Ok, so I am sure I will be shot down by all the mums who adore every baby-yoga filled second with their little ones, and those mums who go out to to work and would love to be at home with their children instead, but do you know what, being a stay-at-home mum is pretty darned lonely at times. Today is one of those days, nothing planned, not another human in sight, just me and Freya and daytime TV. The feeling starts to creep in mostly when Freya is napping, and I find myself wondering what to do next. The laundry is all done, I’ve finished the ironing, even managed to grab a snack and drink a cup of coffee while it was still hot. I have created a list of jobs to do, some important, some completely frivolous, but if I completed the list today, what would I do tomorrow?
I like making lists. I have a number of lists on the go at the moment. I have a comprehensive to-do list which is a brain dump of every single thing I would like to achieve, from cleaning the downstairs loo to writing a novel. And so that I don’t get too overwhelmed by the huge list I have created, I then have a daily list where I take three or four of the items from the full list that I would like to achieve today. Sad, eh?! So today’s list reads:-
- Freya – Doctors 09:40am, village
- Finish laundry
- Change beds
- Contact list for party venues
The clock says 13:07, each item on the list has a satisfying tick by the side of it, and I have also achieved the following:-
- Made middle child’s packed lunch
- Dropped said middle child at school
- Walked 1.5 miles from school to doctors (need to burn off the Christmas pudding)
- Fed baby
- Changed baby (multiply that one by 4 or more)
- Unloaded dishwasher
- Washed bottles
- Measured baby formula into storage tubs
- Removed labels from baby formula tins for possible future upcycling project that I will probably never get around to
Rock and roll! I now find myself looking around the playroom (sounds grander than it is!) where I am sitting to write this, wondering what I should do now. But I know there’s not much point starting anything as I really need to go and wake up a sleepy baby because it is time for lunch, and there will be another bottle to fit in before I set off on the 1.5 mile back to school where I left my car this morning. Then sort kids tea, clean up, hound kids to get in the bath (I have two older ones, as well as the baby), bath baby, feed baby, put baby to bed, sort our tea, clean up, hound older kids to go to bed, stay up until ridiculously late so as to limit the number of hours the baby is left alone (she is insisting on sleeping on her front, and due to recent events I feel compelled to turn her over every time I check on her). Groundhog Day.
I’m worried I might sound a little ungrateful, particularly as last year was one that showed us how lucky we are as a family, and how precious life is. But I’m not complaining about my life in general, I just feel a bit lonely today and being a bit of a neghead and a catastrophic thinker, of course this bad day means I have a bad life! And actually it’s not really a bad day is it, just a bad couple of hours. I knew this would happen, though. There was such a build up to Christmas with a magical pre-Christmas trip with the family to London, Freya’s first Christmas, a wedding and New Year celebrations; lots to keep my mind occupied and away from other things that have preoccupied my headspace for some time now. I had a feeling that it wouldn’t last, and that once all of that good stuff was over, and I was left alone at home (albeit with my beautiful baby girl who I love spending time with – when she is awake!), with no real plans, that I might start to unravel again.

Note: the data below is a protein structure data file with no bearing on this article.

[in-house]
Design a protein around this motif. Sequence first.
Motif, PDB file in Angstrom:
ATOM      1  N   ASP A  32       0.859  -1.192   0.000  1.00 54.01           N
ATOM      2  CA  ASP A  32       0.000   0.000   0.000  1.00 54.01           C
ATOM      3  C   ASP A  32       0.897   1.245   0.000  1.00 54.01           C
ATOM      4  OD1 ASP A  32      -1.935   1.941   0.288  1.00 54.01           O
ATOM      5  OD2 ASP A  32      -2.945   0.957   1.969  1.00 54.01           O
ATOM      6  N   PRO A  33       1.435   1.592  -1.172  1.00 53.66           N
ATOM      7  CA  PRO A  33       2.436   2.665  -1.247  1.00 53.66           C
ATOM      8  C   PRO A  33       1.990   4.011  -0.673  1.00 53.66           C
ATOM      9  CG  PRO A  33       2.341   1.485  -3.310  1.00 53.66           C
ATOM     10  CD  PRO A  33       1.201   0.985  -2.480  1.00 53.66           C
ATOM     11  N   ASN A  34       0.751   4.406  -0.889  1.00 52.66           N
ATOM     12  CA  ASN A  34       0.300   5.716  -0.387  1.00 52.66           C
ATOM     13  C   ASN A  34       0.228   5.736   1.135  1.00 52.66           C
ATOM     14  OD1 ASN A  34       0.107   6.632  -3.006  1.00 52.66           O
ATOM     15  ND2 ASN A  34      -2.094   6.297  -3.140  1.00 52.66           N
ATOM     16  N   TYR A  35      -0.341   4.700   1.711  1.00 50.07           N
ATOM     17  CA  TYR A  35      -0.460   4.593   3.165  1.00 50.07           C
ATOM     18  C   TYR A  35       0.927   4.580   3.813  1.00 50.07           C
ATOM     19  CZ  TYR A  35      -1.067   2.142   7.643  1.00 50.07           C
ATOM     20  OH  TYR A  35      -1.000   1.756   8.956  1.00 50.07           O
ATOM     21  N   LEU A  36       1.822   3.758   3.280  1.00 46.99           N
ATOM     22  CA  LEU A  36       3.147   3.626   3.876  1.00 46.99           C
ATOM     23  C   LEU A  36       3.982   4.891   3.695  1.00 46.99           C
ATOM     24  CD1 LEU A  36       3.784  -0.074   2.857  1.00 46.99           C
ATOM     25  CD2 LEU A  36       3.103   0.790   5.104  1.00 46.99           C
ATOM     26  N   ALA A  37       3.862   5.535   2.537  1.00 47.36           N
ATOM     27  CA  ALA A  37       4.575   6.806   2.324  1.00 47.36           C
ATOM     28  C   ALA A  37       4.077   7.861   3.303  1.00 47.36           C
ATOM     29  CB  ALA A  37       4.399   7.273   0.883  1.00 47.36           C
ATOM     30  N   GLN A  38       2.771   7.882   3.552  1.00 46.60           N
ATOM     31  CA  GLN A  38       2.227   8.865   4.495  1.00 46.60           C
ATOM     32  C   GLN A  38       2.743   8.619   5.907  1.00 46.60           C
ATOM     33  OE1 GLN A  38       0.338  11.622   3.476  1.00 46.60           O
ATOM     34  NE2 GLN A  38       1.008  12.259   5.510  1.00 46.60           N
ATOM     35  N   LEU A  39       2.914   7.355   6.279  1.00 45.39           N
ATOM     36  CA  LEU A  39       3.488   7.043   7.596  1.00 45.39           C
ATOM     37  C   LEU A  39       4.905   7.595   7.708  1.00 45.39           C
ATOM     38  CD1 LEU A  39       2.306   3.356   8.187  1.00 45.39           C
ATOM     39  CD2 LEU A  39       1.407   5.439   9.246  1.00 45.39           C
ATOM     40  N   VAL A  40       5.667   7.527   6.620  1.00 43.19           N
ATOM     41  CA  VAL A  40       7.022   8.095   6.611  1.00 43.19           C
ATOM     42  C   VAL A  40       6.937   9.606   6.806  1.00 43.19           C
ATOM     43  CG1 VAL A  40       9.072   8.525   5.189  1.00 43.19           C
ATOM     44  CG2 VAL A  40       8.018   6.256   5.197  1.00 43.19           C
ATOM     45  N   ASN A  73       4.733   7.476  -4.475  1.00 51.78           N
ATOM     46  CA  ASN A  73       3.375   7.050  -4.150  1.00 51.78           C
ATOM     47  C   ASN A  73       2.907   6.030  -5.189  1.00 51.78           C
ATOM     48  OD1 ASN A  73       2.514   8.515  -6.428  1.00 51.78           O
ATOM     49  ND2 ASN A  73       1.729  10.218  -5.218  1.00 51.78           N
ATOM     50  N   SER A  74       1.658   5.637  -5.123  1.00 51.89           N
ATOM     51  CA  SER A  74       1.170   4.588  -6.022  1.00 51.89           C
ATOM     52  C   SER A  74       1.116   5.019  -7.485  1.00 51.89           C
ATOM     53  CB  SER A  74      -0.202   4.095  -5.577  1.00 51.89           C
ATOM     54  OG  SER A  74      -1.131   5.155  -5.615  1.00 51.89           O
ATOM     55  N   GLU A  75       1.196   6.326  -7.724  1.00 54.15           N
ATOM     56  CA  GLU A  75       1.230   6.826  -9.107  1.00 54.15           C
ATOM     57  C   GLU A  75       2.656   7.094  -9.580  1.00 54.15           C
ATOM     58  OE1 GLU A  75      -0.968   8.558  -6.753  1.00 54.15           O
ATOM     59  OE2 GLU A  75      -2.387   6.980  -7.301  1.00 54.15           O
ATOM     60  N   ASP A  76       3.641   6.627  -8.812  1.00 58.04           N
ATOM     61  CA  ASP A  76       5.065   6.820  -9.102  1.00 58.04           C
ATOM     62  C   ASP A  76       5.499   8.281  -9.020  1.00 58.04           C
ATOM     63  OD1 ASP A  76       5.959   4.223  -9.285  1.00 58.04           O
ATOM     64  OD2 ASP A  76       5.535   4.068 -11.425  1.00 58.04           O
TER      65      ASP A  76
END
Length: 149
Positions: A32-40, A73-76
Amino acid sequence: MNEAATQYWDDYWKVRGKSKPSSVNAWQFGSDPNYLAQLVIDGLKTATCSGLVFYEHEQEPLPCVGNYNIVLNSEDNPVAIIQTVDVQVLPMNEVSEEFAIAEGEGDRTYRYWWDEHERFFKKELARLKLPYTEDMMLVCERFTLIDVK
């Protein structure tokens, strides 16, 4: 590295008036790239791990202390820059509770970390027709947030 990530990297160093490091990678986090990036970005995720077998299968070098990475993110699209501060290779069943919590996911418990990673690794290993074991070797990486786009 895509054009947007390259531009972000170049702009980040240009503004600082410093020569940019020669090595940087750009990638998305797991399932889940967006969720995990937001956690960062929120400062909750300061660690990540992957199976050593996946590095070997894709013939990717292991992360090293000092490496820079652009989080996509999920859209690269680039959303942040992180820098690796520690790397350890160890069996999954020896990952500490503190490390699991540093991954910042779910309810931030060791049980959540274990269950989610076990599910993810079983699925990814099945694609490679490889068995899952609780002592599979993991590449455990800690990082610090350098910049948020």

The good thing about having been treated for depression in the past, and the fact that I am quite in tune with my body and mind, is that I recognise the signs when it is lurking around the corner. Walking around the village this morning, my mind raced with angry annoyance at lots of little things that have got under my skin recently. Up in that brain of mine was a hive of activity; imagined conversations with people where I tell them exactly what I’m thinking, and decide that I know what everyone else is thinking too. The fuse has been getting a little shorter too; less patience with the kids, quick to blame rather than accept when little things go wrong, not sleeping. The good thing is that years of battling with different forms of negative thoughts, and having had CBT and counselling at various stages of my life, is that I now know how to have a pretty strong word with myself. It’s like I am chastising a naughty child up there; “Pack it in! That’s enough!” I wonder if that’s what they mean by hearing voices in your head…😳
So, what to do about it? First of all, I am not going to concern myself with this little episode. In the past, feeling like this would have put me on full alert for a bout of depression to fall upon me and it would almost become a self-fulfilling prophecy. Nope, that isn’t happening. This is me having a word with myself. This is January blues, the calm after the storm. Last year was full of plans, with medical appointments almost every week in one place or another, and a huge desire to go places where I could make memories with Freya, just in case…
I should be grateful for the lack of plans – it must be a sign that things are settling down, that we are getting somewhere close to normal. It also means that I have a blank canvas ahead of me, and that should be exciting, shouldn’t it? So just because I don’t yet have any plans, doesn’t mean that the year ahead is bleak. It just means that there are lots of plans left to make (and that I need to kick my Christmas-pudding filled butt into some kind of action to make them).
And on that thought, right on cue, I hear a cry from upstairs. My sleeping beauty has awoken, and thus the spell of loneliness is broken.